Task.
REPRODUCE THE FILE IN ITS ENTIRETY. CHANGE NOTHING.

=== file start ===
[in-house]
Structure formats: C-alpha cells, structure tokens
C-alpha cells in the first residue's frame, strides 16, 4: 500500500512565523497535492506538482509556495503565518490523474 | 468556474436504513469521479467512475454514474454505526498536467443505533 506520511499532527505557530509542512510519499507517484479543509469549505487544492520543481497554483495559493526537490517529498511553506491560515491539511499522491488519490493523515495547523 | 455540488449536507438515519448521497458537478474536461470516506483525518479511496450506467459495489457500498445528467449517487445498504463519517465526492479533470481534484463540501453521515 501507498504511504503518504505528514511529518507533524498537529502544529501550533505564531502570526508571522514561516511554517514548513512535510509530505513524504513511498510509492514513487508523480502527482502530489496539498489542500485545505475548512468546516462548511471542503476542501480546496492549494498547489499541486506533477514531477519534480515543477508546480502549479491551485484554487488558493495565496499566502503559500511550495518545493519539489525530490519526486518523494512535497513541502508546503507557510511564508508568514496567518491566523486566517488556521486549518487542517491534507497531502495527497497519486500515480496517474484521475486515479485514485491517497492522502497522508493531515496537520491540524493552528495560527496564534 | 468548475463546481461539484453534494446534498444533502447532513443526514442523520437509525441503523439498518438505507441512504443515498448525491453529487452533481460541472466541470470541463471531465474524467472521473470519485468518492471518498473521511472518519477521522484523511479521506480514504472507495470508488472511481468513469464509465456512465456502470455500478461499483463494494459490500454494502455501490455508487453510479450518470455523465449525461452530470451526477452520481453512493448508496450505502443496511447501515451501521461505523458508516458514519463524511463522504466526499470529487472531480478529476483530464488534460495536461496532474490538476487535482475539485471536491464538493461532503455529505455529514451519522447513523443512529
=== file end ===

[in-house]
Structure formats: C-alpha cells, structure tokens
C-alpha cells in the first residue's frame, strides 16, 4: 500500500512565523497535492506538482509556495503565518490523474 | 468556474436504513469521479467512475454514474454505526498536467443505533 506520511499532527505557530509542512510519499507517484479543509469549505487544492520543481497554483495559493526537490517529498511553506491560515491539511499522491488519490493523515495547523 | 455540488449536507438515519448521497458537478474536461470516506483525518479511496450506467459495489457500498445528467449517487445498504463519517465526492479533470481534484463540501453521515 501507498504511504503518504505528514511529518507533524498537529502544529501550533505564531502570526508571522514561516511554517514548513512535510509530505513524504513511498510509492514513487508523480502527482502530489496539498489542500485545505475548512468546516462548511471542503476542501480546496492549494498547489499541486506533477514531477519534480515543477508546480502549479491551485484554487488558493495565496499566502503559500511550495518545493519539489525530490519526486518523494512535497513541502508546503507557510511564508508568514496567518491566523486566517488556521486549518487542517491534507497531502495527497497519486500515480496517474484521475486515479485514485491517497492522502497522508493531515496537520491540524493552528495560527496564534 | 468548475463546481461539484453534494446534498444533502447532513443526514442523520437509525441503523439498518438505507441512504443515498448525491453529487452533481460541472466541470470541463471531465474524467472521473470519485468518492471518498473521511472518519477521522484523511479521506480514504472507495470508488472511481468513469464509465456512465456502470455500478461499483463494494459490500454494502455501490455508487453510479450518470455523465449525461452530470451526477452520481453512493448508496450505502443496511447501515451501521461505523458508516458514519463524511463522504466526499470529487472531480478529476483530464488534460495536461496532474490538476487535482475539485471536491464538493461532503455529505455529514451519522447513523443512529